Would you walk outside of your home to collect a pizza from a driverless car? Dominoes and Ford are exploring this possibility on the streets of Ann Arbor, Michigan over the next several weeks. The companies announced today they're partnering to deploy driverless cars that will deliver pizzas to randomly selected customers. The vehicles used in the project are Ford Fusion Hybrid Autonomous Cars and will be equipped with a heated compartment accessible by the passenger side rear window. When the customer walks up to the window, they'll have to enter a numerical code into a tablet to get access to the pizza.
Telstra has announced completing a successful trial of vehicle-to-infrastructure (V2I) technology over its 4G network, conducted in South Australia in partnership with Cohda Wireless. Vehicle-to-everything (V2X) technology will allow vehicles to communicate with traffic lights, other vehicles, and pedestrians in future, according to Telstra, as well as the development of safe autonomous vehicles. "While there has been a lot of focus around future transport technology, there has not been much work done to date in Australia on supporting intelligent transport systems via existing 4G mobile networks," Telstra's director of Technology Andrew Scott said. "The trial we just completed in South Australia confirms that 4G can support V2I applications. These applications included alerting a driver to roadworks ahead, giving green light priority to high-priority vehicles, and testing optimal green light timing, where the vehicle is informed of the optimal speed to approach a traffic light so that that they get a green light when they arrive, therefore allowing a more continuous flow of traffic."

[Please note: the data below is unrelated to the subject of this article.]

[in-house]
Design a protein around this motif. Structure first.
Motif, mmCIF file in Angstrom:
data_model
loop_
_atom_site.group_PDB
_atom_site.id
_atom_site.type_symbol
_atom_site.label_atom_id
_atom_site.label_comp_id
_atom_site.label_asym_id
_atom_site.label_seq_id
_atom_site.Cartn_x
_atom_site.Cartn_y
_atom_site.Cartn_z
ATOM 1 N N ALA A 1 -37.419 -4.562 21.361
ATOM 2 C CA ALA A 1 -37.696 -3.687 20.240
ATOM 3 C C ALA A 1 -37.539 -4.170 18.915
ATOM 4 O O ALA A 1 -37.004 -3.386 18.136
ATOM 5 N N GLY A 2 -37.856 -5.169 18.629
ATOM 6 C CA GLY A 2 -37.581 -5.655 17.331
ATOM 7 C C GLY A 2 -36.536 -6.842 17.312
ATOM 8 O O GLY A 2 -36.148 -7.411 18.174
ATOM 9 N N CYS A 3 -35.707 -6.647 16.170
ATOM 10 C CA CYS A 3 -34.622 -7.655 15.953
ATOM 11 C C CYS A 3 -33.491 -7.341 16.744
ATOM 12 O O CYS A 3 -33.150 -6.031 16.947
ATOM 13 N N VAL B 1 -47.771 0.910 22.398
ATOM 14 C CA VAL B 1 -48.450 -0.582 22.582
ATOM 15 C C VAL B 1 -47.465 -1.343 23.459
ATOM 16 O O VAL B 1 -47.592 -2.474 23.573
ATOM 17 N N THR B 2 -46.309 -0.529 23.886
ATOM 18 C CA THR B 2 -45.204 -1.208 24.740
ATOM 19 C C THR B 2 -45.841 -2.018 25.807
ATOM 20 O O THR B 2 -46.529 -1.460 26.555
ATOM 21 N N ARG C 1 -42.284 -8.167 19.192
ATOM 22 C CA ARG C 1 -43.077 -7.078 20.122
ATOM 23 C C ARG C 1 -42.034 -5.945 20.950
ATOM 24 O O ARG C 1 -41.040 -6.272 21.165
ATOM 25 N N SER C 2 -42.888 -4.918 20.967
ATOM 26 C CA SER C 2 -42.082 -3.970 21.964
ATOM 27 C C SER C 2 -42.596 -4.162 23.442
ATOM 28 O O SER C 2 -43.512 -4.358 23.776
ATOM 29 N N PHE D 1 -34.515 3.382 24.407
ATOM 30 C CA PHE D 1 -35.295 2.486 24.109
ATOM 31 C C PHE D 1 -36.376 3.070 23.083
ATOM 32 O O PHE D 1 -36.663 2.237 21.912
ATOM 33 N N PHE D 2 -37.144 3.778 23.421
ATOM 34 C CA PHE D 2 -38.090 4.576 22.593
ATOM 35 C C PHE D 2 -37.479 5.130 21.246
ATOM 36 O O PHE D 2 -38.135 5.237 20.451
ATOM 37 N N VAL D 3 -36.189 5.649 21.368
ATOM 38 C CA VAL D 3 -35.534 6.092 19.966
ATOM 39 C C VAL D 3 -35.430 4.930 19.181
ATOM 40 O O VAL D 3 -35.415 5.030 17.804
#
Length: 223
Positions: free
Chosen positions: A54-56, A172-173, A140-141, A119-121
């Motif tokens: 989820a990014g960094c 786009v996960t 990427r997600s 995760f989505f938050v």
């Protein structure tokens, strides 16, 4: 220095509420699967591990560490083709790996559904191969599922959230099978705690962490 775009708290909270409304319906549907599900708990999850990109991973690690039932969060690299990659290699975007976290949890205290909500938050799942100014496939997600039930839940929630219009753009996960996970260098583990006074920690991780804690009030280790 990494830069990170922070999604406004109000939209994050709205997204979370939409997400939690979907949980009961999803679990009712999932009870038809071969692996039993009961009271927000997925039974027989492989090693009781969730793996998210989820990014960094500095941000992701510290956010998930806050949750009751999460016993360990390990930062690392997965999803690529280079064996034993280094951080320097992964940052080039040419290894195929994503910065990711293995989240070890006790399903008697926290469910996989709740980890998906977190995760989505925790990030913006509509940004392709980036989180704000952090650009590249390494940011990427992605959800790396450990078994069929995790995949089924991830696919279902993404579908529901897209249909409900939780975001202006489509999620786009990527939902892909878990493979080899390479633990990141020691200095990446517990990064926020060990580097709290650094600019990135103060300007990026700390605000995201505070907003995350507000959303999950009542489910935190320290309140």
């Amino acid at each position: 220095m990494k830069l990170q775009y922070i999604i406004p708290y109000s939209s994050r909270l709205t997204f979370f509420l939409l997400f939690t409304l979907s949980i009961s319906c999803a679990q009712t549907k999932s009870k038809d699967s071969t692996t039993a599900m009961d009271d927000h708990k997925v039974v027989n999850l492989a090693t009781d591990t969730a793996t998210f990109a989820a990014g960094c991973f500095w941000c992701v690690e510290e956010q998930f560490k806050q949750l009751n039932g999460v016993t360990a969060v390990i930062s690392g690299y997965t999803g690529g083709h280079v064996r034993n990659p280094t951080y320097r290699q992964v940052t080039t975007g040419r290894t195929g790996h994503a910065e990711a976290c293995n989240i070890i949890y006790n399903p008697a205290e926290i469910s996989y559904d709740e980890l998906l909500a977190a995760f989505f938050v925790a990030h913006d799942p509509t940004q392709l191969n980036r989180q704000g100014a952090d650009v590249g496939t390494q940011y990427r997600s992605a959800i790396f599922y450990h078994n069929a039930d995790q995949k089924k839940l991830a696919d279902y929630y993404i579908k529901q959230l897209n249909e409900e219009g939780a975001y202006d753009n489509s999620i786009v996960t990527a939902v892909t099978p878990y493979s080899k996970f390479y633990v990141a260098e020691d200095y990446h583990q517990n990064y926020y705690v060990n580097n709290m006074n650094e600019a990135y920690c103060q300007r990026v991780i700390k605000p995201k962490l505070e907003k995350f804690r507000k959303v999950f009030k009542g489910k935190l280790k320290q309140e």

Samsung has identified the auto industry as a new source of growth as the market for its key products such as smartphones matures. It completed the $8 billion acquisition of Harman International Industries earlier this year, a move that analysts say may help Samsung scale up quickly by taking control of an automotive parts maker with a proven track record.
Driverless buses in Estonia have had a number of close calls, including ignoring a speeding police car's emergency lights. The vehicles were introduced in the capital Tallinn in recent weeks as part of the Baltic state's presidency of the European Union. Eyewitnesses have reported a few near misses since, including ignoring a red light, but no'major incidents'. Driverless buses in Estonia (pictured) have had a number of close calls, including ignoring a speeding police car's emergency lights Tallinn is the first city in which driverless buses will come in direct contact with live traffic, according to reports from state broadcaster ERR. A number of similar trial schemes have already been tested around the world.